Will the chaos in Afghanistan affect the U.S. stock market?

Taliban fighters have taken over the Afghanistan after a stunning blitz across the country that saw them seize most of the country in just over a week. Afghan President Ashraf Ghani has also fled abroad, leaving the government in collapse, while demoralized Afghan security forces offered no resistance. The lightning sweep comes after the U.S. spent nearly 2,500 American lives (and some 150,000 Afghan lives) trying to ensure the territory would not become a terrorist haven while attempting to refashion the nation into a pro-Western democracy.
Backdrop: Towards the end of his presidency, former President Donald Trump announced that U.S. troops would leave Afghanistan by 2021 provided the Taliban met the terms of a peace accord signed the previous year. President Biden went along with the plan, announcing in April that all U.S. forces would leave Afghanistan by Sept. 11, but the news prompted the Taliban to launch an offensive to regain much of the country. That month, the group took control of 73 districts of 421 nationwide, and by August, insurgents controlled 222 and conquered the largest cities and strongholds over the past week.
Quote: “We’ve seen that force [Afghan military] has been unable to defend the country, and that has happened more quickly than we anticipated,” Secretary of State Antony Blinken told CNN’s State of the Union. “This is manifestly not Saigon,” he added. “We went to Afghanistan 20 years ago with one mission, and that mission was to deal with the folks who attacked us on 9/11. And we succeeded in that mission.”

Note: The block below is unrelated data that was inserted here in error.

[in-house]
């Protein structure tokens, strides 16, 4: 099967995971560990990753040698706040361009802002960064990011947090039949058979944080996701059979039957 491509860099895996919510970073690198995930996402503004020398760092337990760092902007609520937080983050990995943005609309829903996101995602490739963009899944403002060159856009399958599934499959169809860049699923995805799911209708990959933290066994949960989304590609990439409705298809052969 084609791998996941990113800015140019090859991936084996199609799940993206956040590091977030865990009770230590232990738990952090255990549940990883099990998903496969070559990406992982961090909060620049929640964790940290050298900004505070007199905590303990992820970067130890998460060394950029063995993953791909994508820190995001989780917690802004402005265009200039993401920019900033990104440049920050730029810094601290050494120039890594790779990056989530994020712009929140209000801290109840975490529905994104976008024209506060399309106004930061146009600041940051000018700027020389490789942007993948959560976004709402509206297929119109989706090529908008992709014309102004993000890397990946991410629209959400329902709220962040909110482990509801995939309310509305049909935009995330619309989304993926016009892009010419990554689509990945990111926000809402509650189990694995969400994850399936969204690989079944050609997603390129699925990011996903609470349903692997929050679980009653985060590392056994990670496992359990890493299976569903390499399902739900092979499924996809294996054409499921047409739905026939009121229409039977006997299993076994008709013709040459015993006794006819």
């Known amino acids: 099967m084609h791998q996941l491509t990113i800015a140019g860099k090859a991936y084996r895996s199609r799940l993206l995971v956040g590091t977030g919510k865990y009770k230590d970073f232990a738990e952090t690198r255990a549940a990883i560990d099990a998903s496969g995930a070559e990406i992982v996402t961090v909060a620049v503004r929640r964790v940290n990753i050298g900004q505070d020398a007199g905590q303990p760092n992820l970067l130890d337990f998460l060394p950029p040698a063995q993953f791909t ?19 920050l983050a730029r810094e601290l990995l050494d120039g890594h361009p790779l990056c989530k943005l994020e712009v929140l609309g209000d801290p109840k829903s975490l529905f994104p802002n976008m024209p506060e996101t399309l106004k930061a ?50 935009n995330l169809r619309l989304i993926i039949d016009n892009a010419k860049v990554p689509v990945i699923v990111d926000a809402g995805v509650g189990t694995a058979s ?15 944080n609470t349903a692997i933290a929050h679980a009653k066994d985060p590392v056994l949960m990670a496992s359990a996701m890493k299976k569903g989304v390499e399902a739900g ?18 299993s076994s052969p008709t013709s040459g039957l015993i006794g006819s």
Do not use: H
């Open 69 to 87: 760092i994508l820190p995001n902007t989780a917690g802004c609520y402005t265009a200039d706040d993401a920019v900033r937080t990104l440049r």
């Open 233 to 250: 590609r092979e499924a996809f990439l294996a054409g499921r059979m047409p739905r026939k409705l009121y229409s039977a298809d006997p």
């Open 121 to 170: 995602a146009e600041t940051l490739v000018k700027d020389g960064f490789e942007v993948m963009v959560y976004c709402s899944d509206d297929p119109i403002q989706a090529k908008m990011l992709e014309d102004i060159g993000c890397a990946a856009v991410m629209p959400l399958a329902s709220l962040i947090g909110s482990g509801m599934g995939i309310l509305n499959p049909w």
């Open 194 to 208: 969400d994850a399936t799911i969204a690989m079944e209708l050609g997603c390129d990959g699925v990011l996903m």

What the markets are feeling: Military conflict or attacks generally don’t have much impact on stocks, and even if they do, the sentiment is usually short-lived. That’s especially the case here, where the war lasted two decades and the pullout was highly publicized. If anything, some are looking at the economic impacts of the long-running conflict, which has cost the U.S. taxpayer an estimated $2.26T.
What to watch next: The U.S. has begun moving personnel from its embassy compound in Afghanistan to the airport in Kabul, where the American “core diplomatic presence” will now be headquartered. Ahead of the departure, the State Department instructed staff at the embassy to eliminate sensitive material, with officials racing to destroy military equipment and hard drives containing classified information. United Airlines (NASDAQ:UAL) has also started rerouting its India flights to avoid Afghanistan airspace, while Emirates has suspended Kabul flights. While many are weighing in over whether America’s longest war was worth it – as well as the pace of the withdrawal or future threats – that debate will continue for some time and maybe one for the history books.

Leave a Reply

Your email address will not be published. Required fields are marked *